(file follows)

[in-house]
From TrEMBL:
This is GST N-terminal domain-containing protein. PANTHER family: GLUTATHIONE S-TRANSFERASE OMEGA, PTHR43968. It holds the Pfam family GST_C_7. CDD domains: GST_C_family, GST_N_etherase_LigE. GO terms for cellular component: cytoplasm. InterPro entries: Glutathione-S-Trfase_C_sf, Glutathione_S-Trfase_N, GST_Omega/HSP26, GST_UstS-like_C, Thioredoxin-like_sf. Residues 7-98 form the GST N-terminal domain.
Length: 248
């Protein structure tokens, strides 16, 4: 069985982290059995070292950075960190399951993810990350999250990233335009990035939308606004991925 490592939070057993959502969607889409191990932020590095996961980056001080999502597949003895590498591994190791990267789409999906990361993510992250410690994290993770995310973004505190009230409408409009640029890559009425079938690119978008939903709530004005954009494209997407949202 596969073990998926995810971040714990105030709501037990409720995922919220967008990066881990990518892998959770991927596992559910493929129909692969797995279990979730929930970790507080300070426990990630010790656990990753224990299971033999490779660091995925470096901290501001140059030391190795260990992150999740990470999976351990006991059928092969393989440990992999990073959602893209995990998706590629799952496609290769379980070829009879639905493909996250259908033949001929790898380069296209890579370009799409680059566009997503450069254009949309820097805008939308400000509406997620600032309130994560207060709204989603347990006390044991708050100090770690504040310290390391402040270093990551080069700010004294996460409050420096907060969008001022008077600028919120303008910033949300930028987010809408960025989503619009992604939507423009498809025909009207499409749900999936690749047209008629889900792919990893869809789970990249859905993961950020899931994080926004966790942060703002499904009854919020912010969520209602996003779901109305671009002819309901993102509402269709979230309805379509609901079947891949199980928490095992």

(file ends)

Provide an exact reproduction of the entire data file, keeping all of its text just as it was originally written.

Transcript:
[in-house]
From TrEMBL:
This is GST N-terminal domain-containing protein. PANTHER family: GLUTATHIONE S-TRANSFERASE OMEGA, PTHR43968. It holds the Pfam family GST_C_7. CDD domains: GST_C_family, GST_N_etherase_LigE. GO terms for cellular component: cytoplasm. InterPro entries: Glutathione-S-Trfase_C_sf, Glutathione_S-Trfase_N, GST_Omega/HSP26, GST_UstS-like_C, Thioredoxin-like_sf. Residues 7-98 form the GST N-terminal domain.
Length: 248
């Protein structure tokens, strides 16, 4: 069985982290059995070292950075960190399951993810990350999250990233335009990035939308606004991925 490592939070057993959502969607889409191990932020590095996961980056001080999502597949003895590498591994190791990267789409999906990361993510992250410690994290993770995310973004505190009230409408409009640029890559009425079938690119978008939903709530004005954009494209997407949202 596969073990998926995810971040714990105030709501037990409720995922919220967008990066881990990518892998959770991927596992559910493929129909692969797995279990979730929930970790507080300070426990990630010790656990990753224990299971033999490779660091995925470096901290501001140059030391190795260990992150999740990470999976351990006991059928092969393989440990992999990073959602893209995990998706590629799952496609290769379980070829009879639905493909996250259908033949001929790898380069296209890579370009799409680059566009997503450069254009949309820097805008939308400000509406997620600032309130994560207060709204989603347990006390044991708050100090770690504040310290390391402040270093990551080069700010004294996460409050420096907060969008001022008077600028919120303008910033949300930028987010809408960025989503619009992604939507423009498809025909009207499409749900999936690749047209008629889900792919990893869809789970990249859905993961950020899931994080926004966790942060703002499904009854919020912010969520209602996003779901109305671009002819309901993102509402269709979230309805379509609901079947891949199980928490095992």